We got our first views of the north ridge of Mount Henry from the basin. The ridge appeared quite steep, nearly vertical at the top where the north ridge met the main face. The route was supposed to be Class 3, so we figured it would look easier as we got further up the ridge. First we turned our attention to Peak 11620, the northern most peak on the LeConte Divide. We made our way through forested terrain, which eventually transitioned to loose scree near the summit. There was no summit cairn, although groups that do the north ridge of Mount Henry likely go over this point.
The initial section of ridge leading from the summit of Peak 11620 towards Mount Henry was loose, but never beyond easy Class 3. We bypassed some of the ridge on the east side, eventually making it down to the saddle. There is a large notch on the North Ridge that we could see from the saddle, which we assumed we would have to bypass on the east side by dropping off the main ridge. The climb up the ridge turned out to be quite enjoyable, and we quickly reached the notch. A short section of exposed Class 3/4 down climbing led to a ledge system on the east side that took us over to the notch.
The climbing improved above the notch, remaining solid Class 3, steeper but with plenty of options to make upward progress. The route description I had suggested leaving the ridge to head further west near the main face, but the climbing looked no more difficult by continuing directly up the face. There was some exposed Class 3 on the upper face, but nothing that felt too difficult. At the top of the face there was a short section of Class 3 that led to the summit plateau. Enjoying the views from the summit, we both agreed that the climb was one of the better Class 3 routes that we had done.
I was planning to visit Peak 12140 a mile further south on the divide. My dad was going to drop down the standard west ridge route for Mount Henry, with plans to meet up at Turf Lake. There was one section of steep loose Class 3 getting down to the saddle, then I stayed slightly below the crest on the east side as I made my way over to the summit. There was another short section of Class 3 on good rock near the summit, but otherwise most of the ridge was loose. Lake 11328 sits impressively in a bowl just east of the summit, still lined with deep pockets of snow despite being late in the year. I had expected that I might find a Smatko/Lilley register at the summit, as they had visited the peak in 1977, but I saw no sign of a previous ascent.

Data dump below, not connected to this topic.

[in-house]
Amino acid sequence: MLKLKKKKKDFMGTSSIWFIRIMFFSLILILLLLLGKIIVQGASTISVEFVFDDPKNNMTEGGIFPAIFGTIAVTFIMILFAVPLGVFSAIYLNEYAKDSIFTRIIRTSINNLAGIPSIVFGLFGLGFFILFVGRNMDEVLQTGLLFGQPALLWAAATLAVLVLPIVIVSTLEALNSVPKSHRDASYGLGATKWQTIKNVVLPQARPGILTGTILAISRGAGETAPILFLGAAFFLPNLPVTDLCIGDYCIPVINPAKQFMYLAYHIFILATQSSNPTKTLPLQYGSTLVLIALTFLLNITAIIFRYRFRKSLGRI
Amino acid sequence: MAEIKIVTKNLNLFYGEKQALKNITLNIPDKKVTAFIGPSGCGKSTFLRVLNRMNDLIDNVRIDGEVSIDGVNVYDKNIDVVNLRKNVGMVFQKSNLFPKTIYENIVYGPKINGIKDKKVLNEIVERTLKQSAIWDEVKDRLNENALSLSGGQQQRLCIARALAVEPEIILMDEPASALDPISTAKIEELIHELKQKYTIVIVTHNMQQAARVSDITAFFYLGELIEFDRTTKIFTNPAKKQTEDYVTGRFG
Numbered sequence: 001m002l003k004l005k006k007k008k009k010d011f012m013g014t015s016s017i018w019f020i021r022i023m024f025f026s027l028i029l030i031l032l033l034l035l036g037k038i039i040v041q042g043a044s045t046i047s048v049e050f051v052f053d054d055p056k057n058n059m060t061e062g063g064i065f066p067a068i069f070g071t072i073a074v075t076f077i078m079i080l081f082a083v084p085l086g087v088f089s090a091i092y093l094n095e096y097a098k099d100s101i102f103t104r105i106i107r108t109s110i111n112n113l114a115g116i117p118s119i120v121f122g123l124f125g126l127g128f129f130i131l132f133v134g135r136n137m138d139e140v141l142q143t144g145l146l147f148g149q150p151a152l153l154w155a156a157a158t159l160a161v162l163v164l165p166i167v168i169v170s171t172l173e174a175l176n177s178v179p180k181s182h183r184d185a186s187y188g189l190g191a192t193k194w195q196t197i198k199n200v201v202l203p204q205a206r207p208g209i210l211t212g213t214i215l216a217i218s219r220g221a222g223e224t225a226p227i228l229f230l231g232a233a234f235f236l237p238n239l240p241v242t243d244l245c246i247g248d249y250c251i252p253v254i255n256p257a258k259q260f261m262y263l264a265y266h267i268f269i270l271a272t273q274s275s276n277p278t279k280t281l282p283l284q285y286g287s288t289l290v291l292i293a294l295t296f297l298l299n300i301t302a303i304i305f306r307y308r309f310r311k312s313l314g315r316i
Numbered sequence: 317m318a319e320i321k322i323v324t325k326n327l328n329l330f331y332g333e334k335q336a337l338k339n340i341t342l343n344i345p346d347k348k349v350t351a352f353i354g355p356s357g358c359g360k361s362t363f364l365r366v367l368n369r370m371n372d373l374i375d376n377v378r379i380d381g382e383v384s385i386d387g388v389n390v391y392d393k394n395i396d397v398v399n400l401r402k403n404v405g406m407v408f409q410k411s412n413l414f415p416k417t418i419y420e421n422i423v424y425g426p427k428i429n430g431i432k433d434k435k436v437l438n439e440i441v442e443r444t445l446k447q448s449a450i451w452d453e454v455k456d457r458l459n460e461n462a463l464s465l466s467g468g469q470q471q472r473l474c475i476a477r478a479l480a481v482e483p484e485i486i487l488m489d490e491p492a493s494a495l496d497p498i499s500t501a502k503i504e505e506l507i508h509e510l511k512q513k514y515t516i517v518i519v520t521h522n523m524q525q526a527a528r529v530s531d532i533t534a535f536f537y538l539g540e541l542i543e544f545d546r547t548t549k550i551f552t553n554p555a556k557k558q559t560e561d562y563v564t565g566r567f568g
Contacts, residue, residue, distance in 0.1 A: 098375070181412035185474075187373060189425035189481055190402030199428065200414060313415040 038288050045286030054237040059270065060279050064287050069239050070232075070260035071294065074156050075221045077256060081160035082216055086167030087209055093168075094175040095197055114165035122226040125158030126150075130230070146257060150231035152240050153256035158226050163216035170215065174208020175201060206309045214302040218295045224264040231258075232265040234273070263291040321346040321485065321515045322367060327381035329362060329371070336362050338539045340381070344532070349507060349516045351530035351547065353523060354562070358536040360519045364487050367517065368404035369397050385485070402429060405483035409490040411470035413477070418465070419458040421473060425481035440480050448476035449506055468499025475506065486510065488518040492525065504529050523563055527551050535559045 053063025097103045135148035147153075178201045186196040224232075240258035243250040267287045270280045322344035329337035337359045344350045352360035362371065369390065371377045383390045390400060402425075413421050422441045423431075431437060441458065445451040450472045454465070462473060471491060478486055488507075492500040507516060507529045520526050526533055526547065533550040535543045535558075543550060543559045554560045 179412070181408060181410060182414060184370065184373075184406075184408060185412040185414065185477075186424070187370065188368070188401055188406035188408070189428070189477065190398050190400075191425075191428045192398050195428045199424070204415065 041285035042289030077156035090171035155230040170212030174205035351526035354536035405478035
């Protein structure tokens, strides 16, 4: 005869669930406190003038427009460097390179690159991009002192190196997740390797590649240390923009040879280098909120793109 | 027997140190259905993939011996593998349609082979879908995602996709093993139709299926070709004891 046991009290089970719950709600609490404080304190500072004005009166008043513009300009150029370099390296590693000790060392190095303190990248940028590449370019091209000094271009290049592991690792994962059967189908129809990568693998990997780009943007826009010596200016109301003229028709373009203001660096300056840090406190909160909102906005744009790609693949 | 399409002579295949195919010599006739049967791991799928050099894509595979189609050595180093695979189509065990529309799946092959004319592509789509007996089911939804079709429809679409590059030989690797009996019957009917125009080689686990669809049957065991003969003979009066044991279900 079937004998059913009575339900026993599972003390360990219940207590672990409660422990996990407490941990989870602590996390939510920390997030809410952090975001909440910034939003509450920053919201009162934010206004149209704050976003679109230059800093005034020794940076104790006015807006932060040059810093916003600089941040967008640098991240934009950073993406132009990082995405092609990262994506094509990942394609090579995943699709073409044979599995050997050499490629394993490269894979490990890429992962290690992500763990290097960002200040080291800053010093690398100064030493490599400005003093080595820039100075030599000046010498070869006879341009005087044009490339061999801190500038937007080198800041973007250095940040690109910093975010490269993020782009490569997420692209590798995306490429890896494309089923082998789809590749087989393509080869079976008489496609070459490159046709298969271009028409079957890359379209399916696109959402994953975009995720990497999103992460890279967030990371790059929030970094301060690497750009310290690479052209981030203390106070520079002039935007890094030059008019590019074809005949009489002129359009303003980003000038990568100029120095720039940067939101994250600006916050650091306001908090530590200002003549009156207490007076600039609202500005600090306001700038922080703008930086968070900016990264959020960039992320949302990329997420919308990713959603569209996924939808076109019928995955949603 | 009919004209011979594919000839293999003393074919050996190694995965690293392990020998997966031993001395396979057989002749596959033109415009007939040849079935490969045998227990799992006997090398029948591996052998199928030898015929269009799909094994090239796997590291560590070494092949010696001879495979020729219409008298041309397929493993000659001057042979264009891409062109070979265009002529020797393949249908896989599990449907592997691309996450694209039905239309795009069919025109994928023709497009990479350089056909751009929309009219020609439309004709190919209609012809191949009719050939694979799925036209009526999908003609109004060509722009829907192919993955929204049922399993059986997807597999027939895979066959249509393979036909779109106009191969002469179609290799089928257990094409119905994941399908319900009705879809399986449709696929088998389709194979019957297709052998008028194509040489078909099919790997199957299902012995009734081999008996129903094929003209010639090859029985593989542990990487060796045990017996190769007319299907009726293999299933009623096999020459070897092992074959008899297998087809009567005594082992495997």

From the summit, I made my way down 1500ft of loose nastiness to Turf Lake, at one point briefly surfing on a large granite slab that came loose under my weight. The rest of the route back to the tents was much more pleasant. We followed a nice grass lined chute down to Davis Lake, then continued through forested terrain and meadows back to the tents. It was late afternoon by the time we were packed up and ready to move. The route to Hell For Sure Lake took us back up to Davis Lake, then across a large plateau below Diamond X Lake. The sun was starting to set on the mountains as we joined up with the trail below Hell For Sure Lake. We found a wind sheltered spot on a granite bluff above the lake to set up our tents, which had great views for stargazing.
13.0 Miles, 3900 Gain
The weather pattern was supposed to shift on the third day of the trip. Temperatures were going to drop roughly 15F from the previous day, and the wind was supposed to pick up. We took all our warm weather gear with us when we started off around sunrise for Mount Hutton. The plan was to do a ridge traverse above Hell For Sure Lake, first visiting Mount Hutton, then continuing north on the ridge to Peak 11387, Red Mountain, and finally Peak 12020.
We were planning to use Hutton Pass to access the east ridge of Mount Hutton, but there was a tongue of icy snow blocking access, so we had to find a different way up. We started up slightly to the east of the pass, zig zagging up a system of granite ledges until we spotted a gap in the cliff. Just to the right of a large snow bank there was a steep ramp leading to the gap. The upper part of the ramp was loose scree, but it made for a decent alternative to Hutton Pass. We nicknamed the crossing “Arctic Pass” after the name of the nearby lake.